Saddest Factory will sign acts across genres, based on the most pure criteria, said Bridgers in an interview with Billboard: The quality of their songs, an obvious requirement but one that isn’t always given the same weight as an artist’s social media following, co-signs and other indicators of hype. “If I like it and I listen to it for pleasure, then other people will like it and listen to it for pleasure,” she says. “I don’t think I have any ethos other than, ‘Am I jealous?'”

Speaking about wether she would stop making music to focus on the label she said: “I haven’t felt this yet, but maybe at some point I’ll want to take a step back from the every two years album cycle and want to do other shit, like produce or just put out records,” she says. “Music is always going to be in the forefront of my brain. I just want to explore.”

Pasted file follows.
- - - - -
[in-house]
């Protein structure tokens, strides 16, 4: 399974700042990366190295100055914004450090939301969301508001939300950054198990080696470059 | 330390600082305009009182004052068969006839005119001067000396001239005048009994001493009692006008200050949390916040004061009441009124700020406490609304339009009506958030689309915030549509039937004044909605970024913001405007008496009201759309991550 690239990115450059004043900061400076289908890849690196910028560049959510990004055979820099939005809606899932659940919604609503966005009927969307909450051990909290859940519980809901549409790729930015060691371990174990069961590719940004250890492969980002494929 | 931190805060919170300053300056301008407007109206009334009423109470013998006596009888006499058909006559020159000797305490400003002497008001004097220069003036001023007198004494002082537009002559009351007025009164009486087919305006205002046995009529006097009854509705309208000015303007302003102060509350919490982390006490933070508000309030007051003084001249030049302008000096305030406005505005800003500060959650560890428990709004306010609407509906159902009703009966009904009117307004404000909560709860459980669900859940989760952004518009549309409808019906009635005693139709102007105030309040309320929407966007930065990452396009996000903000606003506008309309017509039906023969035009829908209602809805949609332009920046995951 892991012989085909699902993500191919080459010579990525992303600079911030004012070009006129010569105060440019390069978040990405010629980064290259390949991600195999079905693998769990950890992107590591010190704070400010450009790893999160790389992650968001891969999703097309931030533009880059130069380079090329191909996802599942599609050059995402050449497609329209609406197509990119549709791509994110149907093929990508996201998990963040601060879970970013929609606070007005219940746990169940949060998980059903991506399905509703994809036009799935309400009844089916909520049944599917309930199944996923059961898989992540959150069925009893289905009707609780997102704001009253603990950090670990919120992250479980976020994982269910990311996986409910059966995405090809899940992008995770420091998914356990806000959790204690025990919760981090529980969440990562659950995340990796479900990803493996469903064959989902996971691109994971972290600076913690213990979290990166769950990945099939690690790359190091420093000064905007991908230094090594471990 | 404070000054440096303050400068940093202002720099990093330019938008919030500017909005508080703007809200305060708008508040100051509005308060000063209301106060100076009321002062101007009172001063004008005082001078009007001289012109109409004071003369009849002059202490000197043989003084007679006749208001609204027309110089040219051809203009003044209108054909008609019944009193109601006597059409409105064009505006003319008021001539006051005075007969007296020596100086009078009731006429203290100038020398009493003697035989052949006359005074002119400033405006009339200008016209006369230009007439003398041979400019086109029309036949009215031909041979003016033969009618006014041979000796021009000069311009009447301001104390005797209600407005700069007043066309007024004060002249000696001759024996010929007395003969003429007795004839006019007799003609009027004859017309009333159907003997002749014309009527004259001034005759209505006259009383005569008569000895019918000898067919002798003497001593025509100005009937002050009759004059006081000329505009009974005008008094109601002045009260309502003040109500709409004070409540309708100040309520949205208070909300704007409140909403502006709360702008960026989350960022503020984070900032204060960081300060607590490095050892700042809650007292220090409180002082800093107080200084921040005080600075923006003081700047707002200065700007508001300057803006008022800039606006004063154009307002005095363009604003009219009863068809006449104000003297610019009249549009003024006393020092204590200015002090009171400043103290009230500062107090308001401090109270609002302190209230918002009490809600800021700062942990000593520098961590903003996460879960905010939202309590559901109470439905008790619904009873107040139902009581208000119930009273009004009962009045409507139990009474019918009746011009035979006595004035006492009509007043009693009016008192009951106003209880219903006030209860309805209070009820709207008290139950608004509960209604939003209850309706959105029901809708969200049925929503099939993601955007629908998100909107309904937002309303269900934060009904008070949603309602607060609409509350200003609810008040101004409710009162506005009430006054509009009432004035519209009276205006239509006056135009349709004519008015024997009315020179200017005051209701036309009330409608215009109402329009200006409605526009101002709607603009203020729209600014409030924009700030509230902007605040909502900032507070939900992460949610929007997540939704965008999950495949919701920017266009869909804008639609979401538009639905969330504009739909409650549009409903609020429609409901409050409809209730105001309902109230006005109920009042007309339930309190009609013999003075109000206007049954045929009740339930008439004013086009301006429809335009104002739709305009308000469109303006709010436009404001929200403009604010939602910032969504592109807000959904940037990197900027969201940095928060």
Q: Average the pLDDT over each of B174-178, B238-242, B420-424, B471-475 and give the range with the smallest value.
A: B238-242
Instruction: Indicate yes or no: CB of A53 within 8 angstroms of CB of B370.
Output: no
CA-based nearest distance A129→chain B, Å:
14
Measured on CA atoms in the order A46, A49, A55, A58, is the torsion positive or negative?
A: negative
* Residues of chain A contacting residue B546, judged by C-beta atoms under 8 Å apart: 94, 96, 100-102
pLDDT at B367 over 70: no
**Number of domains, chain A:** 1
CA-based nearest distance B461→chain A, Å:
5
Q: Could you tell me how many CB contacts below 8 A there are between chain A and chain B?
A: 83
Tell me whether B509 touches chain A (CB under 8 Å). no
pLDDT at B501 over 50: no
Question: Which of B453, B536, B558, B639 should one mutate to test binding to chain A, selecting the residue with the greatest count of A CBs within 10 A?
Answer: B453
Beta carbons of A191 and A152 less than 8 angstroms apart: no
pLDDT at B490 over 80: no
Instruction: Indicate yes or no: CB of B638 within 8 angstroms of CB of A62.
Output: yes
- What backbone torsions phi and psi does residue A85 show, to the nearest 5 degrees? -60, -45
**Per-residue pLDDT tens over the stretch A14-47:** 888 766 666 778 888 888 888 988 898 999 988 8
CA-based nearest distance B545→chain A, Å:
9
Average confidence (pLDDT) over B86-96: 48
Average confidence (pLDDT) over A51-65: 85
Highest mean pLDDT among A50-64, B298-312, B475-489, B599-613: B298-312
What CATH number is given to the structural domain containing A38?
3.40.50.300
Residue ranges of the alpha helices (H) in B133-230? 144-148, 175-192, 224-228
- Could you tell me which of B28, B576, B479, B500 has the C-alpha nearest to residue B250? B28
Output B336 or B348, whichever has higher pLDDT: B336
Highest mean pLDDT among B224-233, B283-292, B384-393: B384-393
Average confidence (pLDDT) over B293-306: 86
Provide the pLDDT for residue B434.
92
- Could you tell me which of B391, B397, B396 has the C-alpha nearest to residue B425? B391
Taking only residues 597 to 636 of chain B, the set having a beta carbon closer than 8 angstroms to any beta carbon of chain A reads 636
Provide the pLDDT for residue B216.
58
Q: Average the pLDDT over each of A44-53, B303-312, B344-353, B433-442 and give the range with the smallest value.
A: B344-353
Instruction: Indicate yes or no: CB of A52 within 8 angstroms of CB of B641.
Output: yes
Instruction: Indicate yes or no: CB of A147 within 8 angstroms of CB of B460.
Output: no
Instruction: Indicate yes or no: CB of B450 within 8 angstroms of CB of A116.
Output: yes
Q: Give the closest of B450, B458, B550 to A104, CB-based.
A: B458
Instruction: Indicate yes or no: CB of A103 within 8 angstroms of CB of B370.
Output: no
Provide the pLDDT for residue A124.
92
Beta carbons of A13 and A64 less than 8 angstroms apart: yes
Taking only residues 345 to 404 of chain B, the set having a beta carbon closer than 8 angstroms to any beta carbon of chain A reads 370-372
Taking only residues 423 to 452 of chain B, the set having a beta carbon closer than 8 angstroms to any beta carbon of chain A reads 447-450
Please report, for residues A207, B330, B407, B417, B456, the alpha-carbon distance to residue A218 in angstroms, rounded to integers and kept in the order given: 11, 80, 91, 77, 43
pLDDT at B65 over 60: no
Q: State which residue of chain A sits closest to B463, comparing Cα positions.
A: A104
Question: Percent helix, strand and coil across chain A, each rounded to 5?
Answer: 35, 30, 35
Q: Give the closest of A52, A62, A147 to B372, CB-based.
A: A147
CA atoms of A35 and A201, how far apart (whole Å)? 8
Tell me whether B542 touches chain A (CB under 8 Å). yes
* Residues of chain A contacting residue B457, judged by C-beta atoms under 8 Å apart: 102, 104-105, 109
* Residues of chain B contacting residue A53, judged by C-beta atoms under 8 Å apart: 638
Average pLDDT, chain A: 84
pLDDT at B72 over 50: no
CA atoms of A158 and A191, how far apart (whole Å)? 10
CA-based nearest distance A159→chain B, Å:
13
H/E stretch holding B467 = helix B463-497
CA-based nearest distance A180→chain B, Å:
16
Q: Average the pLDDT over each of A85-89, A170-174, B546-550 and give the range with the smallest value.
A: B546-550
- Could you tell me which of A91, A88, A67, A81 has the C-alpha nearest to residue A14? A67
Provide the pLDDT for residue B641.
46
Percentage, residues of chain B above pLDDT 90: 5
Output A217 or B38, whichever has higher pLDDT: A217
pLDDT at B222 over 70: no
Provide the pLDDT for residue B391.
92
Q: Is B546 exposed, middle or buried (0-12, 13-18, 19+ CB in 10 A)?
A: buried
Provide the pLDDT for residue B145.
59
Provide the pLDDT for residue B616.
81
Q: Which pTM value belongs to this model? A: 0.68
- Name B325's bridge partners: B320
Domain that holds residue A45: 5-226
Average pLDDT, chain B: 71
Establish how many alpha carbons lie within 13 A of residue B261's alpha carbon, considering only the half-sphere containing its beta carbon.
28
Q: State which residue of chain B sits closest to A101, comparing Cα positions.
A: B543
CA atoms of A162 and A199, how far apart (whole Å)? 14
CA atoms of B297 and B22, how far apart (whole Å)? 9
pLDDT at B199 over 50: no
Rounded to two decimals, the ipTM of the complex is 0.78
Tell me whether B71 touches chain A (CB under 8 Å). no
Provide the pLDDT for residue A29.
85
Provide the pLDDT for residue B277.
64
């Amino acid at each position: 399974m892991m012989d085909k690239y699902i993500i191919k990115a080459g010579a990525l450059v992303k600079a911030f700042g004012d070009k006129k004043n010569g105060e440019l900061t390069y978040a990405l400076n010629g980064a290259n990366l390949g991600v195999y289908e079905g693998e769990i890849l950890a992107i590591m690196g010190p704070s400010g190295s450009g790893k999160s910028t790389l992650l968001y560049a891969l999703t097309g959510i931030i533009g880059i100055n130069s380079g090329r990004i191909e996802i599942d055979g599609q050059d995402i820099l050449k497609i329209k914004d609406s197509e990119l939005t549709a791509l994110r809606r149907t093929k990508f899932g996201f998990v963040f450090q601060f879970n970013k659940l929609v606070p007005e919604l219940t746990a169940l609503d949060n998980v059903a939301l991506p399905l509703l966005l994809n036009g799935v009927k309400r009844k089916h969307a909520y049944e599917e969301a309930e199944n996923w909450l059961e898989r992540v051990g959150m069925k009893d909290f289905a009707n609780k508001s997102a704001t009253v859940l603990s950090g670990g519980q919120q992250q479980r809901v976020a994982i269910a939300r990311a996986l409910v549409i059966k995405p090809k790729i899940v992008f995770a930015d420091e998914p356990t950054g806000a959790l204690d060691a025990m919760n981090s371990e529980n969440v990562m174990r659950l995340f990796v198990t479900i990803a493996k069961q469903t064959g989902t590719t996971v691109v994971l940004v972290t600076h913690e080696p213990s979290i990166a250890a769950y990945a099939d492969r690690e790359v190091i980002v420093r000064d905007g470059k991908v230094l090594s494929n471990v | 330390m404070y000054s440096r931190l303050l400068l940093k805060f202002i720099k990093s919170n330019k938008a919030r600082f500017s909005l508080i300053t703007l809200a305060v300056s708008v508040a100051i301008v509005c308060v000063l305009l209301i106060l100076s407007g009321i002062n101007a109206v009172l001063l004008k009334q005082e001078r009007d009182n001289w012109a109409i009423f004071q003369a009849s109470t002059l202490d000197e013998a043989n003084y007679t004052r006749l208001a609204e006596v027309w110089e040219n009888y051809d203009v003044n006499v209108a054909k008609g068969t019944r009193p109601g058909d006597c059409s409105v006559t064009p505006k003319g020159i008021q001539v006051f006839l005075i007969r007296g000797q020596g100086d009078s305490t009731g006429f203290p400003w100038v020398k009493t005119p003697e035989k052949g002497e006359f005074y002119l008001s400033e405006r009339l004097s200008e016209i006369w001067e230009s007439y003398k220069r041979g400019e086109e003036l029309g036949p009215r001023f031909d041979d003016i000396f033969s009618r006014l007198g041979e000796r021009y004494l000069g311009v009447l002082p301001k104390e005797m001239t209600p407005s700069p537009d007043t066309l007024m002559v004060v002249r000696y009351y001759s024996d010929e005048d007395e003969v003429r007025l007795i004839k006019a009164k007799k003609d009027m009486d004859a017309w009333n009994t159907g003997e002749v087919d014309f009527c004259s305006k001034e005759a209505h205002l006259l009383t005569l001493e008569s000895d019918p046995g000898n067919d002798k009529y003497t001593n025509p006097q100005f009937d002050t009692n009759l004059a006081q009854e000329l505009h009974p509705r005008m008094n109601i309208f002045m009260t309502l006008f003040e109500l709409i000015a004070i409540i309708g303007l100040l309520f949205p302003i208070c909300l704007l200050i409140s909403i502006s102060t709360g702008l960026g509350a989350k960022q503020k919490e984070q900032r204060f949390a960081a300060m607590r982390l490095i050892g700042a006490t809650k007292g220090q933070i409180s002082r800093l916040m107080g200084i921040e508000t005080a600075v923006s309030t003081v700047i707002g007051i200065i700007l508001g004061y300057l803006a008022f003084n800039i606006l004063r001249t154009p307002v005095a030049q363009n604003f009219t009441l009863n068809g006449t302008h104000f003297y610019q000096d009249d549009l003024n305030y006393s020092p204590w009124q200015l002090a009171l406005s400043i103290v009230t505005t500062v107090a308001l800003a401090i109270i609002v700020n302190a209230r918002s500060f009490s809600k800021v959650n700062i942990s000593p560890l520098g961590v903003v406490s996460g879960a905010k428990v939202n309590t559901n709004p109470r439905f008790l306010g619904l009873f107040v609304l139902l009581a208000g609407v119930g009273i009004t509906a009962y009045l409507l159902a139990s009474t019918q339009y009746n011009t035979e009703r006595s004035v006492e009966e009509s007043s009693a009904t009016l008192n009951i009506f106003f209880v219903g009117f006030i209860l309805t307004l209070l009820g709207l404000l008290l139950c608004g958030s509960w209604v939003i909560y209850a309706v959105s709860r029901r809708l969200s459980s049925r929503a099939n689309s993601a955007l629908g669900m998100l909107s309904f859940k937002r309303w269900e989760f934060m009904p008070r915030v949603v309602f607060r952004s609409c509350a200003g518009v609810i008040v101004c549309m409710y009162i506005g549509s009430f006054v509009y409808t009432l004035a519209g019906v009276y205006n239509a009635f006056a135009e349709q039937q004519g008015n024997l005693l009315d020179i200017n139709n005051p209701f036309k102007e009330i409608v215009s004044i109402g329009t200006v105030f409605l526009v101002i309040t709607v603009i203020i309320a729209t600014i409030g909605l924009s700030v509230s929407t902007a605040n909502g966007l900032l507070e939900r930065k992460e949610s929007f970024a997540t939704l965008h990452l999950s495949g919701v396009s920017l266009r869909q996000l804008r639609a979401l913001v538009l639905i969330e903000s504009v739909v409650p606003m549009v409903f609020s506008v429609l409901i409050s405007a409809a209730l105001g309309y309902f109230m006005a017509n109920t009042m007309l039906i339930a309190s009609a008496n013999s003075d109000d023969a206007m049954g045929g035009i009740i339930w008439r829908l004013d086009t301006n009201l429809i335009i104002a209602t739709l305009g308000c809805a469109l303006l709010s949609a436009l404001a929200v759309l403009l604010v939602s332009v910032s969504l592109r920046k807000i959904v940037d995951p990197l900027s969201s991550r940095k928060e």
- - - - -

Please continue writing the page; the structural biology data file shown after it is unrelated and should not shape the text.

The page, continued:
Bridgers has already signed her first act, which will be announced in the coming weeks.

Read our review of Phoebe Bridgers latest album Punisher here.

Introducing: Aphra Taylor

Molly Taylor aka Aphra Taylor has that raw talent that draws you in immediately and leaves you wondering where she came from, and how you haven’t heard of her already. She takes influence from some of the biggest names in indie, folk and pop, yet remains distinctive and true to her own sound. To describe it she’s got that crunchy, yet immersive sound the early Soccer Mommy tapes and the vocal stylings of Brooke Bentham. Taylor is at the dawn of her career, releasing her debut EP The Night Dances back in March but has already made a significant name for herself in the Oxford music scene, headlining at Truck Record Store for her EP release and playing alongside the areas biggest names. We spoke to Molly to get to know a bit more about the person behind the music.

What drew you to music and how did you get into it?